Warnings about setting aside judgments

    Setting aside does not mean the case is over. It may still be heard.

    CCJs stay on the Register for six years from the date of the judgment. This six year period starts again if the judgment is set aside and the creditor starts the process again so you may end up with a CCJ on file for even longer.

    Frivolous applications to set aside judgments will cost you money and are unlikely to be accepted.
    Last edited by sourcrates; 27-04-2018 at 5:23 PM.
    I'm a Board Guide on the Debt-Free Wannabe, Credit File And Ratings, and
    Bankruptcy And Living With It, boards. "I volunteer to help get your forum questions answered and keep the forum running smoothly".
    Board guides are not moderators and don't read every post. If you spot an abusive or illegal post then please report it to forumteam@moneysavingexpert.com. Any views are mine and not the official line of MoneySavingExpert.com.

    For free debt advice, contact either : Stepchange, National Debtline, or, CAB.
    For Free Legal advice see : http://legalbeagles.info/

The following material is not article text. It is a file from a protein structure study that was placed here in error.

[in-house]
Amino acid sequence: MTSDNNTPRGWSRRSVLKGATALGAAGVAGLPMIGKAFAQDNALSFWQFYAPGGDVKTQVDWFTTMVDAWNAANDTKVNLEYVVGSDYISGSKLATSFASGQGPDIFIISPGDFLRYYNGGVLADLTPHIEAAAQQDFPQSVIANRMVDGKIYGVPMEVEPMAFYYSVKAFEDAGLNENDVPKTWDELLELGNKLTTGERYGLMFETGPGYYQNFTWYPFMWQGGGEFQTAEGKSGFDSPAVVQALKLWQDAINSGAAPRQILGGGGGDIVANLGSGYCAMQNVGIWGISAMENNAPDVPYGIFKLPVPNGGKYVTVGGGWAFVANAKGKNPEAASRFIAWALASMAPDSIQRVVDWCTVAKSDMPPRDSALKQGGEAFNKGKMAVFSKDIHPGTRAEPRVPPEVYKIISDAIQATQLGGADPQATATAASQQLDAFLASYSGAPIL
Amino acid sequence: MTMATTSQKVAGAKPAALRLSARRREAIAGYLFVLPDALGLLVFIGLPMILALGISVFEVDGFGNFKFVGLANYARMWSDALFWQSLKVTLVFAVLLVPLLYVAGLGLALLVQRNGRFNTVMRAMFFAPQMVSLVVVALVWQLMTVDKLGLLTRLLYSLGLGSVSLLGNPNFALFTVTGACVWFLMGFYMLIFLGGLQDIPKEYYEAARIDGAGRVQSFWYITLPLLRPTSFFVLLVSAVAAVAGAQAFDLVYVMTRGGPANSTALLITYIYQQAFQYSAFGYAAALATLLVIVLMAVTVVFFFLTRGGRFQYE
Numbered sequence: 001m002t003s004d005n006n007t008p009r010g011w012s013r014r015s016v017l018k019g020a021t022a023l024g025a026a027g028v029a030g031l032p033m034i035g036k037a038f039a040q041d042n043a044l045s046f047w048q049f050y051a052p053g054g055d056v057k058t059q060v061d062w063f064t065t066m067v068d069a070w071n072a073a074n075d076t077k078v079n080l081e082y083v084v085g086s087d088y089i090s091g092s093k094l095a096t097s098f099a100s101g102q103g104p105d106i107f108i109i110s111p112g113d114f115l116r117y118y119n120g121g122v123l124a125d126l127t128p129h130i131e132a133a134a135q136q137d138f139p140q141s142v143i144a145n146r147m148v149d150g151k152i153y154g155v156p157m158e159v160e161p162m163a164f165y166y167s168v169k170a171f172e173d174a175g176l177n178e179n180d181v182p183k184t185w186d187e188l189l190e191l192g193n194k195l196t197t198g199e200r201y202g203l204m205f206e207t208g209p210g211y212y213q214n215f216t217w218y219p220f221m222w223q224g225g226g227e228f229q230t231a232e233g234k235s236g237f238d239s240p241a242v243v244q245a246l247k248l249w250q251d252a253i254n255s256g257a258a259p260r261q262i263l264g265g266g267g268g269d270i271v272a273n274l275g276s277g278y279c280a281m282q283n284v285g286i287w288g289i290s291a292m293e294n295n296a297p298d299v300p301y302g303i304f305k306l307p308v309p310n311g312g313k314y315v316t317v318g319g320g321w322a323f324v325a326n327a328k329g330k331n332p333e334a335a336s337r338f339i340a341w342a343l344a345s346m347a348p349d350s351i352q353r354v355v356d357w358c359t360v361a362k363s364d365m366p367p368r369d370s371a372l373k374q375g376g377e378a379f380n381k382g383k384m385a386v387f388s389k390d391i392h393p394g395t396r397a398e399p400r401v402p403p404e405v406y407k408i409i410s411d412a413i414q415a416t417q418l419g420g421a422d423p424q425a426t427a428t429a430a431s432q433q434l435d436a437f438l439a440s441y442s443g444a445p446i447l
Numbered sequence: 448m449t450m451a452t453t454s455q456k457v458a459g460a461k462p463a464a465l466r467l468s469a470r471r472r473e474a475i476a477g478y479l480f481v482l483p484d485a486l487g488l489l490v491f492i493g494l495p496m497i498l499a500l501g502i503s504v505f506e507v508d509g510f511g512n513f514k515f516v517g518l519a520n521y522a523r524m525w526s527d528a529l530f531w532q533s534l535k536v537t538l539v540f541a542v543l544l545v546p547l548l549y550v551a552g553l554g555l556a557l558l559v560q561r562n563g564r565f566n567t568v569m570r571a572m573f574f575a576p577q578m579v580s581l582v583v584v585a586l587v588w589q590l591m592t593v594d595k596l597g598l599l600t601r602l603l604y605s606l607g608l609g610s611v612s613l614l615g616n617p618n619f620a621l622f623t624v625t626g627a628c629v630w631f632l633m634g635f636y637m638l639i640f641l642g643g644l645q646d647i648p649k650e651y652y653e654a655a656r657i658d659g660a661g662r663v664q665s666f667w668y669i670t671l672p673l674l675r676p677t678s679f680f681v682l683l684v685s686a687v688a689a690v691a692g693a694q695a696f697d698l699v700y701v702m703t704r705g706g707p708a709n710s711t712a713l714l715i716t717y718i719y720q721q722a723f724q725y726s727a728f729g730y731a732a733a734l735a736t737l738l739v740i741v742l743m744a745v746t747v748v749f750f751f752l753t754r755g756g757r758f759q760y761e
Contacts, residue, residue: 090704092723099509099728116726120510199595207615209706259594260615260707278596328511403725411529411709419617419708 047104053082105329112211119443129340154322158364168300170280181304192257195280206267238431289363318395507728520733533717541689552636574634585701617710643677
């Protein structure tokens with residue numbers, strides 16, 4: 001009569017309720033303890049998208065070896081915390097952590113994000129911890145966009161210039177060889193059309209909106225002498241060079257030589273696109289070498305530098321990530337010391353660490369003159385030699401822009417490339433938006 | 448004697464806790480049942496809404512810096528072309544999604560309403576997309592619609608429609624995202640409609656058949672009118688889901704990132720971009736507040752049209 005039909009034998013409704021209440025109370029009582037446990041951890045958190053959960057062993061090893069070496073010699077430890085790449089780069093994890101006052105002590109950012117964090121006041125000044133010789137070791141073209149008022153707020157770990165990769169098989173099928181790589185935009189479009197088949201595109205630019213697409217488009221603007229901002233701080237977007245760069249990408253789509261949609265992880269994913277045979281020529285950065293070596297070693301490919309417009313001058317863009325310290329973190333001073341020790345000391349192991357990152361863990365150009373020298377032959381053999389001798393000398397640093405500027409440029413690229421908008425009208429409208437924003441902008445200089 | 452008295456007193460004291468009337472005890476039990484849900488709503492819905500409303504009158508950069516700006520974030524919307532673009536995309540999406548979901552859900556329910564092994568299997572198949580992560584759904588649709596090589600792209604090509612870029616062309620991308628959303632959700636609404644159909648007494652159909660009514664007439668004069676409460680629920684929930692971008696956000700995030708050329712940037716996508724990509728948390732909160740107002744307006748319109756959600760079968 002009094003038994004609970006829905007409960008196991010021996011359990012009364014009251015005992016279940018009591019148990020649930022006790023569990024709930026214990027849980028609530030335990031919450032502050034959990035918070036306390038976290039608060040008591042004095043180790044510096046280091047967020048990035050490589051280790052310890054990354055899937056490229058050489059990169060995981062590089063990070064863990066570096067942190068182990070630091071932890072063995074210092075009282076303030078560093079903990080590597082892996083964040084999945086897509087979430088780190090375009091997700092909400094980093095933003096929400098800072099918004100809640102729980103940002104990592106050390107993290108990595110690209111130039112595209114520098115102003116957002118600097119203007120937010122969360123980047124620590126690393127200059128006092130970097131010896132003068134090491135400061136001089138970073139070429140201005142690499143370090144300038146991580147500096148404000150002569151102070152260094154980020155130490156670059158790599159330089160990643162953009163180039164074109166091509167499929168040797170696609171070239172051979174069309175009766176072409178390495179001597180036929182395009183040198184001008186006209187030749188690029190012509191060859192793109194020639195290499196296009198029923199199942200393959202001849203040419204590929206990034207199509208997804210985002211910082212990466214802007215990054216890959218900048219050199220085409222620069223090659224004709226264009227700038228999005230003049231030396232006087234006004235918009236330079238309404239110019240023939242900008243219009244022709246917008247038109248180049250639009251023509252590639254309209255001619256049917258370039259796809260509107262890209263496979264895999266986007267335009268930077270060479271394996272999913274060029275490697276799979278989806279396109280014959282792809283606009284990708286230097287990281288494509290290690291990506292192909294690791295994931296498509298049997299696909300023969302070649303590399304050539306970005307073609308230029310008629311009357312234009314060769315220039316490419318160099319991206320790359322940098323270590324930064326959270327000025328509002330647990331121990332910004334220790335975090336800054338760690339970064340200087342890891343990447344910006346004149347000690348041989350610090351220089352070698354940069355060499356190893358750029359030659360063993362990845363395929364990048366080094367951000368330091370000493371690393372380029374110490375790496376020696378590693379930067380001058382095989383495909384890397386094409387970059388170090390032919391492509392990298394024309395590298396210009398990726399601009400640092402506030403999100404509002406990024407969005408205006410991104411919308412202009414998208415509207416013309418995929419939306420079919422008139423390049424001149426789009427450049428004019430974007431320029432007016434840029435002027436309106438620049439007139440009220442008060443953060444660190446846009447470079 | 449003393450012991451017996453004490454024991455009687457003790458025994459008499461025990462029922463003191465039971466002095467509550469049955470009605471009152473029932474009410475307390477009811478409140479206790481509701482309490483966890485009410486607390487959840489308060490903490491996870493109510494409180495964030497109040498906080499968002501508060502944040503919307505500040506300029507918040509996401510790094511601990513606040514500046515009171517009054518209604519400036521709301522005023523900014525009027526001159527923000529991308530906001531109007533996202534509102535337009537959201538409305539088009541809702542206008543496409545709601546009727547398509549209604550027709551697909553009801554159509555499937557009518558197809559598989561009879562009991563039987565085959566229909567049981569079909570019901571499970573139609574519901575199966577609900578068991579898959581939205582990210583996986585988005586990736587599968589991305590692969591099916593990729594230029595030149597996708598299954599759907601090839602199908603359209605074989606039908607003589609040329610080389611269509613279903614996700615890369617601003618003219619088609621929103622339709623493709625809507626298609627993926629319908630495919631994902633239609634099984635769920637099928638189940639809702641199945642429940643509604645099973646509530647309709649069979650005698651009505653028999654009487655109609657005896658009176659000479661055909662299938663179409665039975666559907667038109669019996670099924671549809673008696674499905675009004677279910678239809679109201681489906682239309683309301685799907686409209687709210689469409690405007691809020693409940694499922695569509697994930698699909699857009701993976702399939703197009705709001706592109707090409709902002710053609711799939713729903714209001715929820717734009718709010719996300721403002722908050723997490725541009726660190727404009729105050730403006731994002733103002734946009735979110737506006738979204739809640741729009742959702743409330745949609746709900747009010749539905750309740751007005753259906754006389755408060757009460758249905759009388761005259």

• Theopop
    • By Theopop 27th Apr 18, 5:24 PM
    • 11 Posts
    • 0 Thanks
    Theopop
    Thank you for the advice. This is why I'm worried. I'm a little out of my depth here.
    I don't have the spare money to pay those fees. My case would be that I moved house and didn't receive the court letters from the new company the debt was sold on to. However, as you said, I have no evidence to show Iet them know that I'd changed address. Is this then likely to be a flat out denial?I also don't deny the amount owed.
    The claimant has sent me a letter offering to set up a payment plan, which I will do.
    The other option was my family member, knowing how much I regret the CCJ, offered to loan me the money to pay the full amount. Would this likely sway the claimant to consent to set aside and if so, would this help at all in court?

    Thanks again
    Last edited by Theopop; 27-04-2018 at 6:57 PM. Reason: Error
    • Theopop
    • By Theopop 27th Apr 18, 7:04 PM
    • 11 Posts
    • 0 Thanks
    Theopop
    I've just read this (below). This is basically what I was hoping to be able to do.
    Is the court more likely to set aside a judgement if the claimant gives their consent?


    Can you reach a deal? Set aside judgment and pay it!

    This may sound counter-intuitive but we!!!8217;ve found that this approach can really help you.

    The claimant simply wants their money. They don!!!8217;t care whether or not you have a clean credit record. Why not try to reach an agreement? You pay them the money. They agree to setting aside judgment.

    We!!!8217;ve often found that claimants are willing to consent to the judgment being set aside on the condition that they get what they feel they!!!8217;re owed.

    Depending on the circumstances surrounding the claim and the amount of the judgment, you may or may not feel this is appropriate. But it!!!8217;s an option you should consider.